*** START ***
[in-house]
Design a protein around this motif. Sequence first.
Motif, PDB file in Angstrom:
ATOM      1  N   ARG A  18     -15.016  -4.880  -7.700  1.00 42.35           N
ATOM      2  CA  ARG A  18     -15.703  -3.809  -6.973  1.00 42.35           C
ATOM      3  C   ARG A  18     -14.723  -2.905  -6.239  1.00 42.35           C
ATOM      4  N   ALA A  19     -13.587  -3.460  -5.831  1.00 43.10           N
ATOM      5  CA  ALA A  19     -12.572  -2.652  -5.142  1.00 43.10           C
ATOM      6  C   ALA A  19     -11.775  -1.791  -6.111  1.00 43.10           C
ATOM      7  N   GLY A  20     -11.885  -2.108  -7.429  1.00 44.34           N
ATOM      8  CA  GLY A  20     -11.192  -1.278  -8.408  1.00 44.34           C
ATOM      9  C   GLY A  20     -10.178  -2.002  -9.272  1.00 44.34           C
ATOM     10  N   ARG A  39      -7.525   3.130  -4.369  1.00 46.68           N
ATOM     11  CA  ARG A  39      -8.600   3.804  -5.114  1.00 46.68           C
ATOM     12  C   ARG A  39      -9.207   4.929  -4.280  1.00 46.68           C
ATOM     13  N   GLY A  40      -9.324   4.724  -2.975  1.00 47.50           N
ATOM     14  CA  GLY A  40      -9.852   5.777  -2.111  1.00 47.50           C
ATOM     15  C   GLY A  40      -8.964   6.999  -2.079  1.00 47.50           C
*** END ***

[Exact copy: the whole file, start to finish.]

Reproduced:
[in-house]
Design a protein around this motif. Sequence first.
Motif, PDB file in Angstrom:
ATOM      1  N   ARG A  18     -15.016  -4.880  -7.700  1.00 42.35           N
ATOM      2  CA  ARG A  18     -15.703  -3.809  -6.973  1.00 42.35           C
ATOM      3  C   ARG A  18     -14.723  -2.905  -6.239  1.00 42.35           C
ATOM      4  N   ALA A  19     -13.587  -3.460  -5.831  1.00 43.10           N
ATOM      5  CA  ALA A  19     -12.572  -2.652  -5.142  1.00 43.10           C
ATOM      6  C   ALA A  19     -11.775  -1.791  -6.111  1.00 43.10           C
ATOM      7  N   GLY A  20     -11.885  -2.108  -7.429  1.00 44.34           N
ATOM      8  CA  GLY A  20     -11.192  -1.278  -8.408  1.00 44.34           C
ATOM      9  C   GLY A  20     -10.178  -2.002  -9.272  1.00 44.34           C
ATOM     10  N   ARG A  39      -7.525   3.130  -4.369  1.00 46.68           N
ATOM     11  CA  ARG A  39      -8.600   3.804  -5.114  1.00 46.68           C
ATOM     12  C   ARG A  39      -9.207   4.929  -4.280  1.00 46.68           C
ATOM     13  N   GLY A  40      -9.324   4.724  -2.975  1.00 47.50           N
ATOM     14  CA  GLY A  40      -9.852   5.777  -2.111  1.00 47.50           C
ATOM     15  C   GLY A  40      -8.964   6.999  -2.079  1.00 47.50           C